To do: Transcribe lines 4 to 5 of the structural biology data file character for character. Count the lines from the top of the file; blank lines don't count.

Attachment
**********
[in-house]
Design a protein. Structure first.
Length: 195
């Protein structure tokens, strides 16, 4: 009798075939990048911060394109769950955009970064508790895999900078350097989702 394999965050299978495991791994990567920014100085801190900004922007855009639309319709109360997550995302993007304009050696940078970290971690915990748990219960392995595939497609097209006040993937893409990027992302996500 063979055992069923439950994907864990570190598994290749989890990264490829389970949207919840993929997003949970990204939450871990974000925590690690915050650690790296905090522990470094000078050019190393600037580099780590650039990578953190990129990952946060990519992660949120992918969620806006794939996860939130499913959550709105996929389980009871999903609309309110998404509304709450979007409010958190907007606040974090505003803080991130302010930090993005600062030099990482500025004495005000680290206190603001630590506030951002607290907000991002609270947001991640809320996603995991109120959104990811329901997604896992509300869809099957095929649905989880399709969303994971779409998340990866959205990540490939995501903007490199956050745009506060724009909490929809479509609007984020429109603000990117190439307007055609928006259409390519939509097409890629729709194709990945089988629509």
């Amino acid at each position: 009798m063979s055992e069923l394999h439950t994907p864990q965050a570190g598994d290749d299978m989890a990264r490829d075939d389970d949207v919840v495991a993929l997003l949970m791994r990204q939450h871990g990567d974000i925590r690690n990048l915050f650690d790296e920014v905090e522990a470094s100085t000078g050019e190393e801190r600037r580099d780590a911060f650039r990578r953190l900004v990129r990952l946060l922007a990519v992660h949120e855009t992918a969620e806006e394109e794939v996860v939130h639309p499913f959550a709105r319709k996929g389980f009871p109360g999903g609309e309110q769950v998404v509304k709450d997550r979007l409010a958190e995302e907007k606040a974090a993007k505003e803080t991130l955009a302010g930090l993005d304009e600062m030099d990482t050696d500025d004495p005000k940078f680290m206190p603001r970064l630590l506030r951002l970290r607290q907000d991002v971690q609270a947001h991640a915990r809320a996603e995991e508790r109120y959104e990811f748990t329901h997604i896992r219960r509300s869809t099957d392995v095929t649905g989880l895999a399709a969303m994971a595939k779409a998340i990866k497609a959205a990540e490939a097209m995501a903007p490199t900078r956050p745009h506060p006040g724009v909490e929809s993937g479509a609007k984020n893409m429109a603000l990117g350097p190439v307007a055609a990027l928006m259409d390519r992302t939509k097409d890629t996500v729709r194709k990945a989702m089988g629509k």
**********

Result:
């Protein structure tokens, strides 16, 4: 009798075939990048911060394109769950955009970064508790895999900078350097989702 394999965050299978495991791994990567920014100085801190900004922007855009639309319709109360997550995302993007304009050696940078970290971690915990748990219960392995595939497609097209006040993937893409990027992302996500 063979055992069923439950994907864990570190598994290749989890990264490829389970949207919840993929997003949970990204939450871990974000925590690690915050650690790296905090522990470094000078050019190393600037580099780590650039990578953190990129990952946060990519992660949120992918969620806006794939996860939130499913959550709105996929389980009871999903609309309110998404509304709450979007409010958190907007606040974090505003803080991130302010930090993005600062030099990482500025004495005000680290206190603001630590506030951002607290907000991002609270947001991640809320996603995991109120959104990811329901997604896992509300869809099957095929649905989880399709969303994971779409998340990866959205990540490939995501903007490199956050745009506060724009909490929809479509609007984020429109603000990117190439307007055609928006259409390519939509097409890629729709194709990945089988629509």
């Amino acid at each position: 009798m063979s055992e069923l394999h439950t994907p864990q965050a570190g598994d290749d299978m989890a990264r490829d075939d389970d949207v919840v495991a993929l997003l949970m791994r990204q939450h871990g990567d974000i925590r690690n990048l915050f650690d790296e920014v905090e522990a470094s100085t000078g050019e190393e801190r600037r580099d780590a911060f650039r990578r953190l900004v990129r990952l946060l922007a990519v992660h949120e855009t992918a969620e806006e394109e794939v996860v939130h639309p499913f959550a709105r319709k996929g389980f009871p109360g999903g609309e309110q769950v998404v509304k709450d997550r979007l409010a958190e995302e907007k606040a974090a993007k505003e803080t991130l955009a302010g930090l993005d304009e600062m030099d990482t050696d500025d004495p005000k940078f680290m206190p603001r970064l630590l506030r951002l970290r607290q907000d991002v971690q609270a947001h991640a915990r809320a996603e995991e508790r109120y959104e990811f748990t329901h997604i896992r219960r509300s869809t099957d392995v095929t649905g989880l895999a399709a969303m994971a595939k779409a998340i990866k497609a959205a990540e490939a097209m995501a903007p490199t900078r956050p745009h506060p006040g724009v909490e929809s993937g479509a609007k984020n893409m429109a603000l990117g350097p190439v307007a055609a990027l928006m259409d390519r992302t939509k097409d890629t996500v729709r194709k990945a989702m089988g629509k």